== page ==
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Inside... John McNeer

Newton philanthropist and traveler turns 80 this year ................. p. 3

Sue Manning

Monroe basketball player shares her love for the game ................. p. 5

Fred Matthias

Retired Newton lawyer exercises and rides bike daily ..................... p. 7

Senior Lifestyles April 2014


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Senior Lifestyles • April 2014

Community for Healthy Living

is more than a Continuing Care Retirement Community. We support the independence, health and well-being of older adults wherever they call home.

Yes, Park Center does offer you: • Adult Day Services • Independent Apartment Living • Town Home Living • Assisted Living Apartments • Healthcare Unit • Skilled Rehabilitation Private Suites • Memory Support Unit

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Park Centre supports your healthy living wherever you call home by offering you:

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3 Senior Lifestyles • April 2014

3 Zach Johnson/Daily News John McNeer has been to 65 countries and 4 providences in his nearly 80 years. However, Newton is still the place he is proud calls home.

Living life to the fullest for 80 years and counting By Zach Johnson Daily News Staff Writer

On March 1 1947, John D. McNeer pulled into Newton at the age of 13 and began working little did he know 67 years later, he would still be in Newton living by his greatest advice for people today. “Live life to the fullest and don’t look for fly specs in the pepper.” McNeer spent most of his time working in the garden on the acre and half property his family owned north of Newton. He found his first paying job working for farmers around his family farm at 50 cents per hour. “Fifty-cents per hour was real good money back then,” McNeer said. “I would go to school during the day, when I would get off

the bus after school, I would work eight hours a day for farmers.” McNeer and his country school buddy Ron Forbes walked over to Newton Manufacturing Company for a summer internship. Forbes would get a job at Newton Office Supply, which Forbes became the owner of the office supply store that is now Forbes Office Solution. McNeer began on his own journey starting on June 6, 1947, at Newton Manufacturing. “Newton Manufacturing paid me 75 cents per hour, which was even better money,” McNeer said. McNeer mowed the lawn on his first day of working at Newton Manufacturing. “It was a very hot day, and we didn’t have a motorized lawn mower, it was a push mower,” McNeer said. “I took breaks by the building,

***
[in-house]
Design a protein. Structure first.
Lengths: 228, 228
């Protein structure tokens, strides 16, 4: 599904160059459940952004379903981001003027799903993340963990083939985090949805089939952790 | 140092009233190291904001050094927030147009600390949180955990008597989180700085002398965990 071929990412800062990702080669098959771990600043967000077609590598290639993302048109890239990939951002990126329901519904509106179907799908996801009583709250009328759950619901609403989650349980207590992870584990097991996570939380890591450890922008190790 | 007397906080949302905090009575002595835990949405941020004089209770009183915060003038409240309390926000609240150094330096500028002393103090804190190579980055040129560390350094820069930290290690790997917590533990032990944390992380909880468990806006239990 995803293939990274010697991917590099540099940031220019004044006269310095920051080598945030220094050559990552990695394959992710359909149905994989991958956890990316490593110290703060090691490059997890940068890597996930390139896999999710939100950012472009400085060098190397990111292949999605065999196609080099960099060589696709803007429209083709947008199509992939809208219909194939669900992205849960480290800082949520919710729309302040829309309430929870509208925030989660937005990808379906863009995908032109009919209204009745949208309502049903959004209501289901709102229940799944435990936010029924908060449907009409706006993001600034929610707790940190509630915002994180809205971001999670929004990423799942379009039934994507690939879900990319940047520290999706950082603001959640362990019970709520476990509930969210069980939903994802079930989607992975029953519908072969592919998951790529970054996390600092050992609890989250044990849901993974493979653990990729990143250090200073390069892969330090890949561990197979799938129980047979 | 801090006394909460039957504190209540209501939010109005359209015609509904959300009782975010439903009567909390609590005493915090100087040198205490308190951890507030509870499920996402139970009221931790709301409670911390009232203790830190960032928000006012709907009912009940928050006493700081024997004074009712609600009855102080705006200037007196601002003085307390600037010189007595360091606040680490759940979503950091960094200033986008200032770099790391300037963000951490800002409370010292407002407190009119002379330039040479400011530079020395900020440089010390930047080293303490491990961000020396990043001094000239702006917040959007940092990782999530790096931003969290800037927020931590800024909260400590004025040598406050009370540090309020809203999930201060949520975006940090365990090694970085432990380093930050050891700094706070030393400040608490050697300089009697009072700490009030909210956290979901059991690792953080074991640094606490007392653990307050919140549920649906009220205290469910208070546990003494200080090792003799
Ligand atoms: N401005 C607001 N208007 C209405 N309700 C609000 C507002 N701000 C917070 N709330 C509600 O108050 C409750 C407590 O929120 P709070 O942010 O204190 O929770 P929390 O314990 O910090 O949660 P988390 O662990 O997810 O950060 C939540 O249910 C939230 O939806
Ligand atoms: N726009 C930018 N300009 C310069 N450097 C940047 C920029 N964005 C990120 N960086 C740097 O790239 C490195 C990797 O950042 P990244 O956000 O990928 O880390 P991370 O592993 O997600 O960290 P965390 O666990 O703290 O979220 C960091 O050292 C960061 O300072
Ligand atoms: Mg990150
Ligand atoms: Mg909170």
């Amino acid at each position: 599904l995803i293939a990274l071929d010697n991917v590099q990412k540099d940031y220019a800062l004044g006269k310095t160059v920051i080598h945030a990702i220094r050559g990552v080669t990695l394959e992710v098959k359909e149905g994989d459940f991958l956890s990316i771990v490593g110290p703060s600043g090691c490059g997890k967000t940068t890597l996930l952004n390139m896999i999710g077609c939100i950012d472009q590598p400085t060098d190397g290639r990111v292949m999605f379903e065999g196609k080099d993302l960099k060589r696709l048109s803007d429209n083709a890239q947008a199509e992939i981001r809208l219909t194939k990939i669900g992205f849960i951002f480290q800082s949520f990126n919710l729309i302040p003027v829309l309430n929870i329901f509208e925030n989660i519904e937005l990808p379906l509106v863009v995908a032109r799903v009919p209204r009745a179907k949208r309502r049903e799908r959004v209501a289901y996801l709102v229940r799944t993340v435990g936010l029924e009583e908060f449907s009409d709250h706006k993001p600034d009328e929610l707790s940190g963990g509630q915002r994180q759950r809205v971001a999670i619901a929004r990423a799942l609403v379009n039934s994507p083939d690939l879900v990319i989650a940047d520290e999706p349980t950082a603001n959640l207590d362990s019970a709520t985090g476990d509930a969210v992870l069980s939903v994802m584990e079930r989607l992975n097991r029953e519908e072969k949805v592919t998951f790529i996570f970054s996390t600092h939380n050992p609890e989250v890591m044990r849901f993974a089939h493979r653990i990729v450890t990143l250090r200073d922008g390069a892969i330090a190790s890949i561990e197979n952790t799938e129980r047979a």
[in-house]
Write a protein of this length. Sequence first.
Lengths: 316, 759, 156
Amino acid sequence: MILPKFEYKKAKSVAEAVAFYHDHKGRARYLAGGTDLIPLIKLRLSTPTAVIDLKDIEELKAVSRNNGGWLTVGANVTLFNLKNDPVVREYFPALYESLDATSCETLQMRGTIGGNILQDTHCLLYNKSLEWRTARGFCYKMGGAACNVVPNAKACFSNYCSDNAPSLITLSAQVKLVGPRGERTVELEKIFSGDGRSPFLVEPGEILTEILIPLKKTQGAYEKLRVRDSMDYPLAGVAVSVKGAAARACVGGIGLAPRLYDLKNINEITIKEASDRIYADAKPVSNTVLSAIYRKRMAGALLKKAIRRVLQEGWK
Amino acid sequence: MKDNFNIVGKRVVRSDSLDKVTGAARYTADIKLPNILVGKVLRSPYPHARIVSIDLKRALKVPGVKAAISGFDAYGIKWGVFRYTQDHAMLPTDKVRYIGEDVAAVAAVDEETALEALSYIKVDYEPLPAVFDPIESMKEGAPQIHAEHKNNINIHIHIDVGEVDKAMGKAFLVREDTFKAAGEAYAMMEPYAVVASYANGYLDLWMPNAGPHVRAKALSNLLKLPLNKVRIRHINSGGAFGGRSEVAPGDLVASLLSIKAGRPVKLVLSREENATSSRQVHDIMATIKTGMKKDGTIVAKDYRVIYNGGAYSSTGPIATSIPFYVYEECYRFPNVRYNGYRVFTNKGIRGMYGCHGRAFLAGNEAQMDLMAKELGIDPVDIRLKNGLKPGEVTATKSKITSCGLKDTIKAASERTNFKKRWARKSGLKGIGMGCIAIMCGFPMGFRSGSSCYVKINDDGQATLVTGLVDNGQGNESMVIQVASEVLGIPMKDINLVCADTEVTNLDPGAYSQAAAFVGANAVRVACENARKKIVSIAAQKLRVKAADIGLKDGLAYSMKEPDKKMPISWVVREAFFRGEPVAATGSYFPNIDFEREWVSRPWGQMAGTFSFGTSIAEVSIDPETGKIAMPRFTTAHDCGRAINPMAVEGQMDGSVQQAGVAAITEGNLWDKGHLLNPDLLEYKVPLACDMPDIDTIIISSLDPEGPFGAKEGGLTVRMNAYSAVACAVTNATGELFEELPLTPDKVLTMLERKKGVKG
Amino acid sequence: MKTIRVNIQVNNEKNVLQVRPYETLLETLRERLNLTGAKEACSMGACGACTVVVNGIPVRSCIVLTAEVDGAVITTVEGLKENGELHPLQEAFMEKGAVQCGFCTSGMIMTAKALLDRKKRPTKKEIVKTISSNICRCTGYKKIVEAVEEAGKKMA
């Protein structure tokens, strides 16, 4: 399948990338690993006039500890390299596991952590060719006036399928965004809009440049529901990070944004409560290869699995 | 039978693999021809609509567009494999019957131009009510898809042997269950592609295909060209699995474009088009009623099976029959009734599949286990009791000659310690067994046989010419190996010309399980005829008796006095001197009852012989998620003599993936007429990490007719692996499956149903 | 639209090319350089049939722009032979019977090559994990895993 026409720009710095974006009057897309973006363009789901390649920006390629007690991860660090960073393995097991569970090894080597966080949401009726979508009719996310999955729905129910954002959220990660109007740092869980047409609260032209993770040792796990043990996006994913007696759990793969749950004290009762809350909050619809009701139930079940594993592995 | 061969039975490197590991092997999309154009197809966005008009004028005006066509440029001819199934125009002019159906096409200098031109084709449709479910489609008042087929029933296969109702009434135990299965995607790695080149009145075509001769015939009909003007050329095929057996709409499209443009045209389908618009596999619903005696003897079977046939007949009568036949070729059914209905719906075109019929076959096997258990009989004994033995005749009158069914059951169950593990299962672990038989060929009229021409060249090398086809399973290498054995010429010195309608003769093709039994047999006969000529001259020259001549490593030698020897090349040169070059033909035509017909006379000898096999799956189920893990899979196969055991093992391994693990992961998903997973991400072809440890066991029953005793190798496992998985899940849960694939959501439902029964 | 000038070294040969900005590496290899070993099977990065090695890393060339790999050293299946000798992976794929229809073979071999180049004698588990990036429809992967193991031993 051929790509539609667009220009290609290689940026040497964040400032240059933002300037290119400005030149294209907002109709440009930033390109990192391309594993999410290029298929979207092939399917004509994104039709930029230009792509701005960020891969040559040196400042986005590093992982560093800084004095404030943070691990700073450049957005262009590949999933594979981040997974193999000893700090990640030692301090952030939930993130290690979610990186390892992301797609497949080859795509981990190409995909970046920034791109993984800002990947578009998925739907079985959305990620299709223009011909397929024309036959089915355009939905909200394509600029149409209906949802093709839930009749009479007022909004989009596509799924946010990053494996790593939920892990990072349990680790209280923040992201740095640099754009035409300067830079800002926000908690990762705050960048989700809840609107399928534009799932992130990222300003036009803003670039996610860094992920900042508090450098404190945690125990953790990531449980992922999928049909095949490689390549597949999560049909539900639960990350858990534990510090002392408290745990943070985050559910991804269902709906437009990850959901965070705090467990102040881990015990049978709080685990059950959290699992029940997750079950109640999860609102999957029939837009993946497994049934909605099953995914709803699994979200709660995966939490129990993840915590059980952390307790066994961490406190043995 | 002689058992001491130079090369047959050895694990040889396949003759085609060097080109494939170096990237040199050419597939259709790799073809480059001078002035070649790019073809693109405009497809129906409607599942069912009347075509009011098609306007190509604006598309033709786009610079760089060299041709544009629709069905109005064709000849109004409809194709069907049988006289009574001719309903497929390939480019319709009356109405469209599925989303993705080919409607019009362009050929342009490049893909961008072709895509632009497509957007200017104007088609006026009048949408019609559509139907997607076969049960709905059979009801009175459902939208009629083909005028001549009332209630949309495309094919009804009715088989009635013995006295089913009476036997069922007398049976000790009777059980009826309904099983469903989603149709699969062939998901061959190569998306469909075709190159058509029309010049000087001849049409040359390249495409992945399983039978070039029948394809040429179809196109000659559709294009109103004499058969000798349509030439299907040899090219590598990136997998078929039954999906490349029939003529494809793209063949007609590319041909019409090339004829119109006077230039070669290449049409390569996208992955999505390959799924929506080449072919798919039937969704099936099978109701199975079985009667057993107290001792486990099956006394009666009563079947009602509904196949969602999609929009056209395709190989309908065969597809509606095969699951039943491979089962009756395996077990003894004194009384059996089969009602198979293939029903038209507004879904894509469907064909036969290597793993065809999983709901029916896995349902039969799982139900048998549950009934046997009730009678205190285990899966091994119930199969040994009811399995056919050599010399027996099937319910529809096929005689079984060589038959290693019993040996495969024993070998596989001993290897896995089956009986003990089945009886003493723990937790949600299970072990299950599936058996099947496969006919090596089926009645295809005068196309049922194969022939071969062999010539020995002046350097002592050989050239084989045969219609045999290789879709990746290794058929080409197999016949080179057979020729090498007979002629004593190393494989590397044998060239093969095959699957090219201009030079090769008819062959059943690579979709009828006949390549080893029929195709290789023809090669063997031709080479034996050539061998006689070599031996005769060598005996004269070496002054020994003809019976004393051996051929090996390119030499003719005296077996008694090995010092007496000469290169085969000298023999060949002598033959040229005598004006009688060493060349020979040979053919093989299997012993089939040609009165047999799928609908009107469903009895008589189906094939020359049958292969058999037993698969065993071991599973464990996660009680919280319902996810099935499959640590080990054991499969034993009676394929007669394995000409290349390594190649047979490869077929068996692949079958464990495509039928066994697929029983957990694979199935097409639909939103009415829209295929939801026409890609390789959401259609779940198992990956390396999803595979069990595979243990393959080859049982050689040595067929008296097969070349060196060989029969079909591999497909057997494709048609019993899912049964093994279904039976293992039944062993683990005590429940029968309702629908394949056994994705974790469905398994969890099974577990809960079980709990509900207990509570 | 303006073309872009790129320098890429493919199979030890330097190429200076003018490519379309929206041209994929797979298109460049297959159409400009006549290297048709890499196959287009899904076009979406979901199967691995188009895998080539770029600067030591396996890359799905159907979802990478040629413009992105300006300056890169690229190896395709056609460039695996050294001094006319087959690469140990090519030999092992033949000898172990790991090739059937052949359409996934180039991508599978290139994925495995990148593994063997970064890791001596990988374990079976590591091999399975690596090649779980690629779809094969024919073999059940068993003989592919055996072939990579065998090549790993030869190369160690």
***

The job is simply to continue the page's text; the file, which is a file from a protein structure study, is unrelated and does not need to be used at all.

so the bosses couldn’t see me taking a break.” Most of the workers from Newton Manufacturing clocked out at 4 p.m. McNeer put in two and a half extra hours a day digging trenches on the property. “The soil was filled with bricks and rocks, which caused me to build up a good sweat,” McNeer said. “It was the beginning of learning the greatest lesson that I learned from working at Newton Manufacturing, which is do a good job and do it well, put your heart into it.” At the end of his first day, McNeer found himself late for dinner and a half serious thought of not going back to Newton Manufacturing. “After I told my father about it, he looked at me and said, ‘You darn sure are going to work. No one ever

quit a job on the first day.’,” McNeer said. “I worked through the summers of my high school years.” McNeer found himself ready for college, but without the means or the encouragement to go to school. The Senior Vice President of Newton Manufacturing Harold A. Lufkin took McNeer under his wing by training him in many departments in the company. “Lufkin told me that if you stick with us, we will give you the best business education you could ever get,” McNeer said. It was from that point that McNeer worked his way up to Senior Vice President in Newton Manufacturing to retire on Dec. 31 1991. Staff writer Zach Johnson may be contacted at (641) 792-3121, ext. 425, or at zjohnson@ newtondailynews.com.


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Senior Lifestyles • April 2014

How to banish those gray hairs Metro Creative Connection

Roughly one in five Americans uses hair dye to enhance their looks or hide gray hair. But concerns about gray hair and looking older are not exclusive to the United States. The trouble with gray hair — and especially hair close to the temples — is that such hair tends to be more coarse and more resistant to absorbing hair color than other hair. It can be difficult to cover the gray hairs, and then once it is dyed, gray hair may end up showing prematurely. Gray hair results from the hair cortex, or the middle layer of the hair, losing both the yellow and red pigments that are normally present in the